Twitter introduces algorithmic bias bounty challenge

Twitter, algorithmic bias, HackerOne

(Photo: iStock)

Micro-blogging site Twitter has detailed a new bounty competition that offers prizes of up to $3,500 for showing biases in its automatic image crops.

The winning teams will receive cash prizes via HackerOne $3,500 for the winner, $1,000 for second place, $500 for third place $1,000 each for Most Innovative and Most Generalisable.

“In May, we shared our approach to identifying bias in our saliency algorithm (also known as our image cropping algorithm), and we made our code available for others to reproduce our work,” Rumman Chowdhury, Director, Software Engineering at Twitter, said in a blog post on Friday.


“We want to take this work a step further by inviting and incentivising the community to help identify potential harms of this algorithm beyond what we identified ourselves,” Chowdhury added.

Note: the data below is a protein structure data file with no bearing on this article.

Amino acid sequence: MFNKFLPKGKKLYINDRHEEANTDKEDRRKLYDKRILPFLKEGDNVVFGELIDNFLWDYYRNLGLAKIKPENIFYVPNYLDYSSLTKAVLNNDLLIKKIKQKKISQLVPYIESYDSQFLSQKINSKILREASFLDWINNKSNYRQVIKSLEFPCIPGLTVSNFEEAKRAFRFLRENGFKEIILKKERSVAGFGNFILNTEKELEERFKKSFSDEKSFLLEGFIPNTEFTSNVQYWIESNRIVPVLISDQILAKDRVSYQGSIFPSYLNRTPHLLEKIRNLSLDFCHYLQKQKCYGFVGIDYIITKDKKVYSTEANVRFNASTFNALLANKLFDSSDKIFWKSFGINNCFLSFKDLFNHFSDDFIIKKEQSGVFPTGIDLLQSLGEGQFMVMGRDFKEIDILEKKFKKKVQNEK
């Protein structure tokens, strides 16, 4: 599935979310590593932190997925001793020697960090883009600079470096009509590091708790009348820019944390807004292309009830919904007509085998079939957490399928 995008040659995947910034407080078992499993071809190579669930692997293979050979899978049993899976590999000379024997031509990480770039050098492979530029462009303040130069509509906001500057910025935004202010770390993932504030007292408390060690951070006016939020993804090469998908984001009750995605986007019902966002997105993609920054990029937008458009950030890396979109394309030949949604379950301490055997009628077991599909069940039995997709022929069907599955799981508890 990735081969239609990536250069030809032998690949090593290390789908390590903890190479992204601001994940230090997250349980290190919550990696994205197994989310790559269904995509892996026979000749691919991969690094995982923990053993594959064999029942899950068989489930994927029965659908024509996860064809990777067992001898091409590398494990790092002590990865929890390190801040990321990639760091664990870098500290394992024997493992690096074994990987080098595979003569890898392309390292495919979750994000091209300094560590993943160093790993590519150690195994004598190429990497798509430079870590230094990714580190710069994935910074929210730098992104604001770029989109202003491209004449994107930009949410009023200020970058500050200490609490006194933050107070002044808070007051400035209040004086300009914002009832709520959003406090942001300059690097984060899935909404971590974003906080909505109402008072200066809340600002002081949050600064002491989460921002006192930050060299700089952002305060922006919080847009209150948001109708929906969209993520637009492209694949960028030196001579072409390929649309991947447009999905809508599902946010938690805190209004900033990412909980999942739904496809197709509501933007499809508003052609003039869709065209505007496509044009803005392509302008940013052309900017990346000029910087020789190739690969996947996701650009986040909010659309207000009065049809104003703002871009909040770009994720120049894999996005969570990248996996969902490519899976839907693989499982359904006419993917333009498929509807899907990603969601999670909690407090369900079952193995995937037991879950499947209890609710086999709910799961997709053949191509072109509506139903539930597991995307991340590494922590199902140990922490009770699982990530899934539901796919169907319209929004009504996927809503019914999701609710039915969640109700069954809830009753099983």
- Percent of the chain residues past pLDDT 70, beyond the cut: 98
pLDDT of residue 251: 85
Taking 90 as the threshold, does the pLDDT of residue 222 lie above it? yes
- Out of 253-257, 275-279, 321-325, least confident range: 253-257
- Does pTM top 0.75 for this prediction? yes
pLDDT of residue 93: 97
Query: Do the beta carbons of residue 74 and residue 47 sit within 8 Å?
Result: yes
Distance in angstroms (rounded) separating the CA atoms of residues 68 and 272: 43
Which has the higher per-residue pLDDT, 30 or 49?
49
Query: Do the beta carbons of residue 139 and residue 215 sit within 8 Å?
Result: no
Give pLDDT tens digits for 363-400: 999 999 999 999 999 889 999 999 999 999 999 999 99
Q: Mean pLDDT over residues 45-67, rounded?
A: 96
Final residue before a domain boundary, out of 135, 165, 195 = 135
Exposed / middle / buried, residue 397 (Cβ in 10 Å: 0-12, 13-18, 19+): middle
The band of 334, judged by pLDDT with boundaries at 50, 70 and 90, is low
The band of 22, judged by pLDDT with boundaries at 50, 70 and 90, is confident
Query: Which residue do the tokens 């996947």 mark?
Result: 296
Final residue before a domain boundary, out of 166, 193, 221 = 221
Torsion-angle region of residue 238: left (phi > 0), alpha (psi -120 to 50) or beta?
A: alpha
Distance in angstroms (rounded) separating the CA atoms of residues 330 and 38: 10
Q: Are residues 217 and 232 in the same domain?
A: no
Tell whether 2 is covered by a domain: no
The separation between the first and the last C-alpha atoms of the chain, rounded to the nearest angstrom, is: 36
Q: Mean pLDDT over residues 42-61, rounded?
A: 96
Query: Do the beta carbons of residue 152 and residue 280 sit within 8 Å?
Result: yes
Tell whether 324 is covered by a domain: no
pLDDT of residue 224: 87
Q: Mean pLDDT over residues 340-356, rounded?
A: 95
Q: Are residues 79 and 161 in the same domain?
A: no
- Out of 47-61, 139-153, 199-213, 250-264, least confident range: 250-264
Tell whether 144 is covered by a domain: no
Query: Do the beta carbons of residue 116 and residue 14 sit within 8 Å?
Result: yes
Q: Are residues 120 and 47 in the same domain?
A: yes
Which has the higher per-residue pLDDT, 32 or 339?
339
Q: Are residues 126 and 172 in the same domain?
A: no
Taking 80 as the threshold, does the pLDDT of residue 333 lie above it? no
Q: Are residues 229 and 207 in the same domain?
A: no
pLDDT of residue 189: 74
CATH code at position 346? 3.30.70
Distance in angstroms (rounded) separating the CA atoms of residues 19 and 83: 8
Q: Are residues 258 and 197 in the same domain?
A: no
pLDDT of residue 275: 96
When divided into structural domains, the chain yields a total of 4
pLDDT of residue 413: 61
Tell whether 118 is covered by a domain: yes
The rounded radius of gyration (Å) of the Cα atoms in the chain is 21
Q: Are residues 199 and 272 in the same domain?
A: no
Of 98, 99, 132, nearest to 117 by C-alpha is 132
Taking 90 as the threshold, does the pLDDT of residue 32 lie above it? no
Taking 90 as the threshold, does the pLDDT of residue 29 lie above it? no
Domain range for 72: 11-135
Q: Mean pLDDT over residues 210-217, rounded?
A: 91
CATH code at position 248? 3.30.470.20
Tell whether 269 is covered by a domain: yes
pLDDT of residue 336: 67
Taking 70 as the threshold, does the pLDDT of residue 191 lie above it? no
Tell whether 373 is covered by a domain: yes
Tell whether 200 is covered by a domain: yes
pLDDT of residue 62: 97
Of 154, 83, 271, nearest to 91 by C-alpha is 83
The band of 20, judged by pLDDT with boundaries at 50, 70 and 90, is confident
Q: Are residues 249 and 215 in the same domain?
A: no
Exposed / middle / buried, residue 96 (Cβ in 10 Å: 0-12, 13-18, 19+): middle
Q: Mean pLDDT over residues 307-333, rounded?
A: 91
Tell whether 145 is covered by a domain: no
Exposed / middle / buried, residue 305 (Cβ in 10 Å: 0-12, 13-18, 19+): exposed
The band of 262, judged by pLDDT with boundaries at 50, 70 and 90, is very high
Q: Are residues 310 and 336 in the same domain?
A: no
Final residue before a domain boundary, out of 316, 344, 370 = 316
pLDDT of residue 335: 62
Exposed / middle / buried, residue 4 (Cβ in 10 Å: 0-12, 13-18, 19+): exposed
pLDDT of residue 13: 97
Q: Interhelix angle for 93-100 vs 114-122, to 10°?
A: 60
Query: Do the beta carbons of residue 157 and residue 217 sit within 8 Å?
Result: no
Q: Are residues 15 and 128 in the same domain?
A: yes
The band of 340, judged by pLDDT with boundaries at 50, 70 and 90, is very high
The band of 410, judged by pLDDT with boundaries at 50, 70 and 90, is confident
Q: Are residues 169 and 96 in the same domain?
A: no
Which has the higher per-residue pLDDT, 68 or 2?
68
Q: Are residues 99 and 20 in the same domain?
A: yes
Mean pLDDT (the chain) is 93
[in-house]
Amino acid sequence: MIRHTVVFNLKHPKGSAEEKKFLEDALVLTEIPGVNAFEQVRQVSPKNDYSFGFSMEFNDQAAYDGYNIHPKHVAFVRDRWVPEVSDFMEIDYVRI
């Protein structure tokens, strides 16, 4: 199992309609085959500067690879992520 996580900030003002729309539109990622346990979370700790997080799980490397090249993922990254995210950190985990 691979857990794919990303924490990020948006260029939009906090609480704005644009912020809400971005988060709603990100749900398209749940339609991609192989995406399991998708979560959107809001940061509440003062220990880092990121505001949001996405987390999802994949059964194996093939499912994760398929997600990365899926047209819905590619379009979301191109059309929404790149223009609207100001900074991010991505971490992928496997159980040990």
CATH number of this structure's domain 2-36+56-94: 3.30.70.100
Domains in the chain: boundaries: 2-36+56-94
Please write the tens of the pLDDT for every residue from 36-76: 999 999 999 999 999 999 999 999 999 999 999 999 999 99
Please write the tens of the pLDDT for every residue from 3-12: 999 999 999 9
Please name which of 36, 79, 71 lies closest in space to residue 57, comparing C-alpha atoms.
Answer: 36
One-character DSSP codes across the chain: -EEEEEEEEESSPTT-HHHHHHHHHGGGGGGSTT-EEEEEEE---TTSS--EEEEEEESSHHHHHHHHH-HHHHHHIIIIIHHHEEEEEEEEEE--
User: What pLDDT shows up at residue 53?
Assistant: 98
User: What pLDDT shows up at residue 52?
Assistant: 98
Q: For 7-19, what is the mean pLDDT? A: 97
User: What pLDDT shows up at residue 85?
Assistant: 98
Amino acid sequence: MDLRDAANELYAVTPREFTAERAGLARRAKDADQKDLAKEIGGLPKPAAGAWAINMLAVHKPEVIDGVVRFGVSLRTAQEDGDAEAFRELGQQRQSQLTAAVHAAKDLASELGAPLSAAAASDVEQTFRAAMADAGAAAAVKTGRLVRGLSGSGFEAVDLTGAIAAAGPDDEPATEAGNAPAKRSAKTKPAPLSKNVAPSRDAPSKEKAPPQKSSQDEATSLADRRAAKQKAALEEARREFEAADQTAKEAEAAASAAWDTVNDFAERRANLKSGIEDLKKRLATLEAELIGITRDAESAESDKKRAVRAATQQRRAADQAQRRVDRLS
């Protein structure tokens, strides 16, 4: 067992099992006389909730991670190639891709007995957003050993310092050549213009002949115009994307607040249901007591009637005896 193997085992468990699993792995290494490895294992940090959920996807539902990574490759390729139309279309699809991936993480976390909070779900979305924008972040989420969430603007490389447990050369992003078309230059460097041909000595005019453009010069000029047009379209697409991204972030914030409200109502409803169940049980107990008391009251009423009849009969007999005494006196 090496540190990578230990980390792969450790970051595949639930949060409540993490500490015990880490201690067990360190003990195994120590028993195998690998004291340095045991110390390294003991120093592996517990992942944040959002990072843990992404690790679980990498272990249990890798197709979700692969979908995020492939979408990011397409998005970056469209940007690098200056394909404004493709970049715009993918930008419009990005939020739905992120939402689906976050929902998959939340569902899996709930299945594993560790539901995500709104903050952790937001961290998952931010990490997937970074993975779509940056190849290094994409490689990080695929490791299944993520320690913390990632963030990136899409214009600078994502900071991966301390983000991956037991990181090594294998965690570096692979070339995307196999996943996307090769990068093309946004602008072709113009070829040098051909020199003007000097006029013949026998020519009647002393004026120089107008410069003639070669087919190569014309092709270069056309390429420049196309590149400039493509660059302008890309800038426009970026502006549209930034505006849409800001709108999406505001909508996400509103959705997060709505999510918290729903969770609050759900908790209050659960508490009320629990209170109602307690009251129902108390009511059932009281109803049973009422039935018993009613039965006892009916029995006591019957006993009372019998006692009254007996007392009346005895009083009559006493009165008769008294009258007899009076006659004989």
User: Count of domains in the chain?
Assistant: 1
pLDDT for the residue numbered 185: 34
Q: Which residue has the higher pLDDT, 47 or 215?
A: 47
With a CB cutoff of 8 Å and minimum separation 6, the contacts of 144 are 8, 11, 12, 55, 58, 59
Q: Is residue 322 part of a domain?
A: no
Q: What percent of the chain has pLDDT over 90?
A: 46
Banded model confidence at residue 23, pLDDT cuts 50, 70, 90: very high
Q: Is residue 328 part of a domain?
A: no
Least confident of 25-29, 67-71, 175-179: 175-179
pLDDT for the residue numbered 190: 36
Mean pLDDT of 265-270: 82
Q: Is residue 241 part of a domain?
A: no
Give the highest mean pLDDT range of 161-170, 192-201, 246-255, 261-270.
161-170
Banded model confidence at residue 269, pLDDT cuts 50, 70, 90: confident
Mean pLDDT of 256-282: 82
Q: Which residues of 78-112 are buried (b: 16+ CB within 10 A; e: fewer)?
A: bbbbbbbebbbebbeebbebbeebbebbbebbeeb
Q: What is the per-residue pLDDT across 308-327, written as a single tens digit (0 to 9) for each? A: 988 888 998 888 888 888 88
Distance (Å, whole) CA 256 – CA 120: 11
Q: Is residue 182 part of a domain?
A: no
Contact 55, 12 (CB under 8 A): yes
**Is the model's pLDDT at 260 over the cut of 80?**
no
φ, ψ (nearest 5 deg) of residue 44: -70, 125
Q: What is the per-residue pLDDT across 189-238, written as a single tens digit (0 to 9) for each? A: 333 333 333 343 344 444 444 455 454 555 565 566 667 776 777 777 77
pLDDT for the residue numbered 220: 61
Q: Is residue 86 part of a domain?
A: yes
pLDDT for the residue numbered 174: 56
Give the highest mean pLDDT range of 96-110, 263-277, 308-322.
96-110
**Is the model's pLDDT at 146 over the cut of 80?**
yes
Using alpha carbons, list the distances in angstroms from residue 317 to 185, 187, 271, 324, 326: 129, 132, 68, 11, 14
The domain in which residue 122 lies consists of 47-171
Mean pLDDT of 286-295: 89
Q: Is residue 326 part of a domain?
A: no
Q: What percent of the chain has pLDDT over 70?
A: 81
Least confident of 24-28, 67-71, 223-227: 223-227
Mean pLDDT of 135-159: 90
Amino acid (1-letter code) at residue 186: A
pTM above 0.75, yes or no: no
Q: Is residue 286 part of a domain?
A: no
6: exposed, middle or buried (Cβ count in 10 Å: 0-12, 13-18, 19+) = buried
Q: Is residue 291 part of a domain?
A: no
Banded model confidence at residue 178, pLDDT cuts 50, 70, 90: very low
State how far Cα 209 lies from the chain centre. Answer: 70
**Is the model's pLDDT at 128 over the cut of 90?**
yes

According to Chowdhury, they are inspired by how the research and hacker communities helped the security field establish best practices for identifying and mitigating vulnerabilities to protect the public.

“We want to cultivate a similar community, focused on ML ethics, to help us identify a broader range of issues than we would be able to on our own,” Chowdhury said.

“With this challenge, we aim to set a precedent at Twitter, and in the industry, for proactive and collective identification of algorithmic harms,” Chowdhury added.

For this challenge, Twitter said they are re-sharing their saliency model and the code used to generate a crop of an image given a predicted maximally salient point and asking participants to build their assessment.

Successful entries will consider both quantitative and qualitative methods in their approach.

All participants must enrol with HackerOne to make a valid submission; anyone with a HackerOne account may participate in this challenge.

The winners will be announced at the DEF CON AI Village workshop hosted by Twitter on August 8, where Twitter will invite the winners to present their work.